By Laura Latzko, Feb. 12, 2015.
For some cowboys, rodeo isn’t just a hobby – it’s a way of life.
These cowboys spend their time training their horses, honing their craft and traveling the distance necessary to prepare for each competition.
One such cowboy, David Lawson of Santa Rosa, Calif., balances this lifestyle with his responsibilities as a junior high and high school teacher.
“It’s my job. It’s my hobby. It’s my passion. [It’s] my social circle. It’s kind of all-consuming,” Lawson said of his rodeo affiliation.
Lawson is also the rodeo partner of Arizona-based competitor Greg Begay, and the duo’s geographic separation makes their two-year partnership unique.
“Greg and I just complement each other so well because my strength is in the timed events [and] his strength is in the roping events,” Lawson said, “so we can kind of feed off from each other.”
Begay and Lawson met more than two years ago at a rodeo in Palm Springs and first did a roping event together in the San Francisco gay rodeo later that year. After winning their first team roping event they went on to develop one of the strongest partnerships on the international gay rodeo circuit.
“We are best friends,” Begay said. “It’s sort of like a ‘finish-each-other’s-sentences’ kind of deal. We already click to where we know what the other person is thinking.”
Begay and Lawson won all-around and reserve, or second place, honors at the World Rodeo Finals in Fort Worth last October. The all-around award goes to the men and women who score the most points in all events during the rodeo.
“We just try to help each other win as much as possible,” Begay said, who has participated in rodeos since childhood and gay rodeos since 2009.
Both men compete in a total of nine events-three roping, three speed and three camp events.
Begay, who currently participates in both gay and pro rodeos, said he’s had hundreds of different rodeo partners, but Lawson, who he considers his best friend and pseudo older brother, has been his longest-running partner.
In past years, the pair has competed in Las Vegas, Palm Springs, San Francisco, Denver and Santa Fe rodeos. And, to prepare, Begay flies to the Bay Area regularly to practice with Lawson.
For the Arizona Gay Rodeo, Lawson will drive more than 12 hours with his five-horse trailer, because he prefers to compete with horses he’s trained so he’s familiar with their strengths and weaknesses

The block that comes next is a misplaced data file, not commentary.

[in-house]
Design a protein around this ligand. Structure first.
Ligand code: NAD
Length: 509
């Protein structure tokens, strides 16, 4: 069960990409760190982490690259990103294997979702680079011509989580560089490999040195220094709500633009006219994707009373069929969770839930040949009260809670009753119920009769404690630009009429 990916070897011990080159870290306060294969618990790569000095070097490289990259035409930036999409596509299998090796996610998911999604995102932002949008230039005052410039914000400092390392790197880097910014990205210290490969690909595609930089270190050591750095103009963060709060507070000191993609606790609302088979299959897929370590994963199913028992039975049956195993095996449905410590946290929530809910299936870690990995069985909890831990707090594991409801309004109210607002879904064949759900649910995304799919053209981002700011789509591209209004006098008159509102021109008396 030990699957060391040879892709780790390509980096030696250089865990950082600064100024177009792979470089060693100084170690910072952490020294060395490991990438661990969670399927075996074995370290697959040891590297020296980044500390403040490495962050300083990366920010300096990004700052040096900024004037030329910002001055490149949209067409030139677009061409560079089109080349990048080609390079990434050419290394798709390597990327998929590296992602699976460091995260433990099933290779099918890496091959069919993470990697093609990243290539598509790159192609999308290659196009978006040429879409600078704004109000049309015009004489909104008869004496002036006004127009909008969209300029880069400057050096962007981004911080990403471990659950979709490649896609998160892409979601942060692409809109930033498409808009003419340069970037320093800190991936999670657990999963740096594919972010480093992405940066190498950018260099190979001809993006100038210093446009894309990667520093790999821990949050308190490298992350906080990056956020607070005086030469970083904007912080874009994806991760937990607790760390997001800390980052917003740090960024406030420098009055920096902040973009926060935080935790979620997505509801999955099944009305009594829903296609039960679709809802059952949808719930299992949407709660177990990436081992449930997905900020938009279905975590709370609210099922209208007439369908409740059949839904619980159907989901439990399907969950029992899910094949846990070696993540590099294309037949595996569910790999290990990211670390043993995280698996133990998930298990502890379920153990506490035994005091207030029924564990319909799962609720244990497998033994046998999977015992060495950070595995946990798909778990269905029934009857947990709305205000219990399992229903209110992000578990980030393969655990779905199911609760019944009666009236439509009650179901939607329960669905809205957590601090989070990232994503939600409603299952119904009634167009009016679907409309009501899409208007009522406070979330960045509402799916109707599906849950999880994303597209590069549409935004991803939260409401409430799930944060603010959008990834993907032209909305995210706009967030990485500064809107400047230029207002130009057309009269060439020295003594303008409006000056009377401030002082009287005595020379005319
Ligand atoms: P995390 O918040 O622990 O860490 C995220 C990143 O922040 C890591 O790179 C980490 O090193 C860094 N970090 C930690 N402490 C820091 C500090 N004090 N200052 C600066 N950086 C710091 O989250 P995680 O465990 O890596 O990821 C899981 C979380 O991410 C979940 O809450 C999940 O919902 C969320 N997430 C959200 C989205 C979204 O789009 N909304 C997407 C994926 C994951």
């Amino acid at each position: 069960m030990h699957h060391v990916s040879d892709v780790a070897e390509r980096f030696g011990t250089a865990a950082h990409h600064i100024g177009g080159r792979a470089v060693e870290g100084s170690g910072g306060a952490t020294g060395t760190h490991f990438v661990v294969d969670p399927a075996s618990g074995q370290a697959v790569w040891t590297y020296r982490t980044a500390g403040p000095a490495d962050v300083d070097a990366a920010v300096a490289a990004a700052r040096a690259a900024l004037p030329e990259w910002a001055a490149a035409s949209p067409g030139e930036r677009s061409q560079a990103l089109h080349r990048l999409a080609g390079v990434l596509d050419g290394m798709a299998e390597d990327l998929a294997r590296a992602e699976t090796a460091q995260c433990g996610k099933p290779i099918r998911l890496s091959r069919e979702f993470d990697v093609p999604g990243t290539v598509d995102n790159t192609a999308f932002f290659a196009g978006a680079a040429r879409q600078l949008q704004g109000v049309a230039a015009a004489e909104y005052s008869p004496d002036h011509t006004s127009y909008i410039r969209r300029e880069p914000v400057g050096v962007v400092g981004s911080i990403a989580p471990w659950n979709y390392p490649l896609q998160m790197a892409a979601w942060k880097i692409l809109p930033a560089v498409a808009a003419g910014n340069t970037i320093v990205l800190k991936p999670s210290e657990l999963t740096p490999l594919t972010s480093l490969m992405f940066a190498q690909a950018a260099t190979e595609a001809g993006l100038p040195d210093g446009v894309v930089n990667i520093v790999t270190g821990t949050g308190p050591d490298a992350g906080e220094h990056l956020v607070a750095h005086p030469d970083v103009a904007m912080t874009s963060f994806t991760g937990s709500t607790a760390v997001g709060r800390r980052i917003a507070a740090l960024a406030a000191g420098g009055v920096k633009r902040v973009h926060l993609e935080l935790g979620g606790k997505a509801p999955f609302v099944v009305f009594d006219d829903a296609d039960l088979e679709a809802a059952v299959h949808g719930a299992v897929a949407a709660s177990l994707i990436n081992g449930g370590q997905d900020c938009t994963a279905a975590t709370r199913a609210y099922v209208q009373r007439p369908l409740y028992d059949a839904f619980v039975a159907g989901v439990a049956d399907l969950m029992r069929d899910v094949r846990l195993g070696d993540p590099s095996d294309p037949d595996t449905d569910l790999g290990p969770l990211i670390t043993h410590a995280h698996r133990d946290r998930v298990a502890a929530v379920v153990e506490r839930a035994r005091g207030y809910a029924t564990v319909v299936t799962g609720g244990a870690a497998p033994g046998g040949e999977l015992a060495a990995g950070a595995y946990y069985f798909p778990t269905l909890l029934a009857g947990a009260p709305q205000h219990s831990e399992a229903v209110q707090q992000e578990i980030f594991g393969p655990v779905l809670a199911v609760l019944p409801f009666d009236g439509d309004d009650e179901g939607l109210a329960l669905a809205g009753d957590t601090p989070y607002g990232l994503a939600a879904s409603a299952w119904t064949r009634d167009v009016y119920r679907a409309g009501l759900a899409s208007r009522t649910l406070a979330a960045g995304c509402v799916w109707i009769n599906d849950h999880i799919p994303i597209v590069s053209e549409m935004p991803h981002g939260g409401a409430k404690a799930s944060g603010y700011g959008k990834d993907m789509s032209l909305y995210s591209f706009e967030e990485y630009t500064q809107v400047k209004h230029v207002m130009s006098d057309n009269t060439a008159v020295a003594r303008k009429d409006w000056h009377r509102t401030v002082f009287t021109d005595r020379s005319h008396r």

“I’m pretty good at catching riding horses, but it’s not the same as having your equine partner,” Lawson said, adding that his love of horses began at an early age.
Begay usually rides Lawson’s stallion, Never Hit Seventeen, who will make the road trip with him. However, Lawson won’t have Maverick, the quarter horse he is most partial to and has had for 12 years, with him this year. Instead, he’ll bring Pay Czech, a horse in training.
Growing up in Iowa, Lawson started riding in 7th grade and worked odd jobs to help pay for his first horse. While he went on to train horses and teach barrel racing, he was nearly 30 years old before he heard of, and competed in, the gay rodeo circuit
According to Lawson, it’s the environment of gay rodeos that made him want to get involved initially and has also kept him competing in the IGRA circuit.
“It’s the gay camaraderie,” he said. “There aren’t many opportunities to combine the gay lifestyle with the Western lifestyle, so it’s perfect for me. You’re not going to go to pro rodeo and kiss your partner while you’re walking up the alleyway. At the gay rodeo, you have a great run, and you can come out and kiss your partner.”
In addition to competing in this year’s rodeo, Lawson will teach a barrel-racing clinic at the rodeo school for the first time. The one-day sessions, he said, will focus on specific areas riders can improve the most.
“Rather than having several things to fix, maybe I’ll just find a couple of things that would make a huge difference for someone and try to fix those in the short lesson,” Lawson said.
But when he’s not teaching or competing, Lawson said the Arizona Gay Rodeo provides him with an annual opportunity to reconnect with rodeo friends.
“You miss seeing everybody,” he said. “There’s a lot of people that go to the rodeo [and] that’s the only time I see them.”